Now that I am settled back at home in the UK and looking back at my study abroad as if it were a dream, I feel it’s time to write my final blog. I will dedicate this mostly to future McGill students and offer some specific advice for you, as I know this is harder to come by than generic advice about studying abroad.
- A lot of McGill exchange students live in private housing, rather than university accommodation (a huge draw for me).
- The two main areas that students live in private housing are the Ghetto and Le Plateau.
- The Ghetto is ideally situated close to McGill and people choose to live there due to the high density of students in the area as well as the close proximity to uni, which is pretty handy over winter
- Le Plateau is more diverse with a huge array of shops, restaurants, bars, clubs, parks etc and due to its large size there’s more choice of accommodation and it’s easy to find a cheap place to rent. I lived on the beautiful Square Saint Louis and can put you in touch with my landlady if you’d like. It was the most perfect location.
- The university does have exchange houses so if you’d like to be in university accommodation with lots of other exchange students in your position then this could be for you, although I personally felt I got more out of the city by living further out in private housing.
- I have a previous blog that is dedicated largely to this so have a gander at that for more information (see here: https://manchesterontheroad.com/2017/12/24/academic-advice-for-future-canada-exchange-students/ )
- To summarize; be adventurous and make the most of the flexibility of an exchange student, be aware of the heavy workload at McGill so pay attention to course structures/assessment and, most importantly, sign up to courses as soon as you can because they do fill up (and put yourself on the waitlist if they’re full as there’s always people who drop out).
The dreaded winter:
- First of all, don’t dread it too much. We’re Brits, we’ve hardly grown up in a tropical climate.
- As my old dear says, “there’s no such thing as poor weather, just poor clothing”… she couldn’t have been more right.
- Get yourself down to a charity shop and stock up on winter clothes. I went to Village des Valeurs near Pie IX metro station and got myself timberland boots and a super warm duck down feather lined jacket for $40 in total, (I had budgeted $600)!!. This kept me nice and toasty all winter.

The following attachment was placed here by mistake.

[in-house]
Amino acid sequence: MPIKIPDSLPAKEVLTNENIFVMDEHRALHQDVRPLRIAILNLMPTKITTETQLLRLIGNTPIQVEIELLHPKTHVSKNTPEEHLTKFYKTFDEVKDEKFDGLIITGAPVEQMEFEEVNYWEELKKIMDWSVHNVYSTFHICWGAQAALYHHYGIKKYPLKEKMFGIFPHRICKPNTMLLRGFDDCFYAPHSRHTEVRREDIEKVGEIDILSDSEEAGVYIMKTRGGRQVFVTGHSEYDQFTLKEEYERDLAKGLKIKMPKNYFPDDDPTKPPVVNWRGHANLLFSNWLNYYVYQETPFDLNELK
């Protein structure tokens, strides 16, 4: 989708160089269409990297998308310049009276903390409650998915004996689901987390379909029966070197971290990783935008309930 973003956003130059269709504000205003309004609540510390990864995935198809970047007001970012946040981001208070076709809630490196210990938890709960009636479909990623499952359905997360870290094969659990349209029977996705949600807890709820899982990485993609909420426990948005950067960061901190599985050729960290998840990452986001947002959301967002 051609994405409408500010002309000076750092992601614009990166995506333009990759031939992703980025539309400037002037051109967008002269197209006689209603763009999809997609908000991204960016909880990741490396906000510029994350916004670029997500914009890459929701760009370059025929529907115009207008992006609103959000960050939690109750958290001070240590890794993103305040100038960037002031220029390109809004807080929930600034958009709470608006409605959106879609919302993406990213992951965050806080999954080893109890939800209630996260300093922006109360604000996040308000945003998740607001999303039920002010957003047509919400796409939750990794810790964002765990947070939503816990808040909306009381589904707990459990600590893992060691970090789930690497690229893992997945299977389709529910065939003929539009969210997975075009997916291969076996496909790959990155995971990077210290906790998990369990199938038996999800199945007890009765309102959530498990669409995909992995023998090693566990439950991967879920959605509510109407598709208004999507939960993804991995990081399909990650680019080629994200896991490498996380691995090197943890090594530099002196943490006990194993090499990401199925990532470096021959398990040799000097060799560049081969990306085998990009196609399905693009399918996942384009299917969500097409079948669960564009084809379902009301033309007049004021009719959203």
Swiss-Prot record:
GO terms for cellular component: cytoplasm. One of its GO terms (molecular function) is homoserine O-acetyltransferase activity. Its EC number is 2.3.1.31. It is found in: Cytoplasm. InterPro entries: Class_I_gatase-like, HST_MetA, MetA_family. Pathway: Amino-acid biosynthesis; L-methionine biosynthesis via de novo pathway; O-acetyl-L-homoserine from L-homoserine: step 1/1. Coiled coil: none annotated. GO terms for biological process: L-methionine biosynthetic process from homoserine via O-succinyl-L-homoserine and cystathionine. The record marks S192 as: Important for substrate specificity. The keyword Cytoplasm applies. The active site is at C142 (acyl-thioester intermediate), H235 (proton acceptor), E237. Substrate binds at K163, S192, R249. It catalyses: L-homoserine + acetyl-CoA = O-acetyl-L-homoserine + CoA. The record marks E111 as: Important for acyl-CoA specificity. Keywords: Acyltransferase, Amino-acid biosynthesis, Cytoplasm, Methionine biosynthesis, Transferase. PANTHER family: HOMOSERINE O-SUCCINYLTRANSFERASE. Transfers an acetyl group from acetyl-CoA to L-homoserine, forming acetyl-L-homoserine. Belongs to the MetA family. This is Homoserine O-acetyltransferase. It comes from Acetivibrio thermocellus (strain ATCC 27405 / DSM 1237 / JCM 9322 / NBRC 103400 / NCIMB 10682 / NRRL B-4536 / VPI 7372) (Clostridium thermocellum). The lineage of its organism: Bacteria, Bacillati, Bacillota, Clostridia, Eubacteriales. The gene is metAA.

- Again, more info can be found in a previous blog (see: https://manchesterontheroad.com/2018/03/30/surviving-and-enjoying-the-canadian-winter/#more-17626 )
Life in Montreal:
- Everyone likes to live their lives differently and Montreal will cater for every need, you’ll no doubt discover unique places you’d like to spend your time.
- I’d definitely recommend joining an intra-mural sports team. You can join a team at whatever level, even beginners Ice Hockey! Some other international students and I set up an 11 a side ‘soccer’ team and reached the semi finals, it was so much fun and a great way to make new friends.
- Get stuck into the Canadian past times. Embrace the winter and go out skiing or skating. All the lakes freeze over in the winter and you can go out and skate on them for free, I bought myself some used skates, an ice hockey stick and a puck and got loads of use out of them at Parc Lafontaine. There are numerous ski slopes nearby and McGill Ski Society (SSMU) runs trips every weekend over winter. You can rent ski gear for the winter from Poubelle du Ski.
- Again, I’m sure everyone has different ideas of where they’d like to go.
- Closeby (in North American terms), there’s New York, Boston, Toronto, Quebec City, Ottawa plus many national parks if you want to get out of the city for a weekend.
- Definitely make the most of Christmas, Spring Break and the end of exams as these are the best times to go further away. I went to Cuba before Christmas, Tennessee during Spring Break and travelled extensively over Canada and the US after exams. You’ll be spoilt for choice in terms of places to go!
Doing this has given me some serious blues and I can’t believe it’s almost been a year since I left for Montreal. It really was the best year of my life (and I can now confirm that past exchangees are not just being cliché by saying this), I’m incredibly jealous of those of you who are soon to embark on your year abroad.
I could have gone on forever but need to keep it brief! If you have any questions or would like me to expand on anything, please email me on email@example.com or firstname.lastname@example.org